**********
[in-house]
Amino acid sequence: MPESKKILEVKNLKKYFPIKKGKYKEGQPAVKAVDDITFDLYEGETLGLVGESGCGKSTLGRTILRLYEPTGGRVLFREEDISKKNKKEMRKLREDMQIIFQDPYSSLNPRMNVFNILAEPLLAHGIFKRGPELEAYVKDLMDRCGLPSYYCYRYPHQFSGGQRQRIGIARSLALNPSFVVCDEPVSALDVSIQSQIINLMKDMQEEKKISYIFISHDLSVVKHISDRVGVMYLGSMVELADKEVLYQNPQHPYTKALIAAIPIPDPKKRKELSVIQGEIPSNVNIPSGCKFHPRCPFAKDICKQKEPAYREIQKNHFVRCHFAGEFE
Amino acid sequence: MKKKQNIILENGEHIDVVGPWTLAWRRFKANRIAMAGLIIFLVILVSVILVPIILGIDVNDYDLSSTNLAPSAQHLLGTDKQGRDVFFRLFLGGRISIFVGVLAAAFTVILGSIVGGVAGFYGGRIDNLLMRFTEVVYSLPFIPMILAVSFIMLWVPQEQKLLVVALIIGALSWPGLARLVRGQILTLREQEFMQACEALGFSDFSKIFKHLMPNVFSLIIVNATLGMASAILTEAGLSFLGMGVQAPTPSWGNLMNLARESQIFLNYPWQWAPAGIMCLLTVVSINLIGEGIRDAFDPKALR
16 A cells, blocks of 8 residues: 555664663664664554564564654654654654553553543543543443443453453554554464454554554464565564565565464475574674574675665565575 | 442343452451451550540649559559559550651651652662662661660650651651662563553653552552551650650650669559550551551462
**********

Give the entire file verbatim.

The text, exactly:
[in-house]
Amino acid sequence: MPESKKILEVKNLKKYFPIKKGKYKEGQPAVKAVDDITFDLYEGETLGLVGESGCGKSTLGRTILRLYEPTGGRVLFREEDISKKNKKEMRKLREDMQIIFQDPYSSLNPRMNVFNILAEPLLAHGIFKRGPELEAYVKDLMDRCGLPSYYCYRYPHQFSGGQRQRIGIARSLALNPSFVVCDEPVSALDVSIQSQIINLMKDMQEEKKISYIFISHDLSVVKHISDRVGVMYLGSMVELADKEVLYQNPQHPYTKALIAAIPIPDPKKRKELSVIQGEIPSNVNIPSGCKFHPRCPFAKDICKQKEPAYREIQKNHFVRCHFAGEFE
Amino acid sequence: MKKKQNIILENGEHIDVVGPWTLAWRRFKANRIAMAGLIIFLVILVSVILVPIILGIDVNDYDLSSTNLAPSAQHLLGTDKQGRDVFFRLFLGGRISIFVGVLAAAFTVILGSIVGGVAGFYGGRIDNLLMRFTEVVYSLPFIPMILAVSFIMLWVPQEQKLLVVALIIGALSWPGLARLVRGQILTLREQEFMQACEALGFSDFSKIFKHLMPNVFSLIIVNATLGMASAILTEAGLSFLGMGVQAPTPSWGNLMNLARESQIFLNYPWQWAPAGIMCLLTVVSINLIGEGIRDAFDPKALR
16 A cells, blocks of 8 residues: 555664663664664554564564654654654654553553543543543443443453453554554464454554554464565564565565464475574674574675665565575 | 442343452451451550540649559559559550651651652662662661660650651651662563553653552552551650650650669559550551551462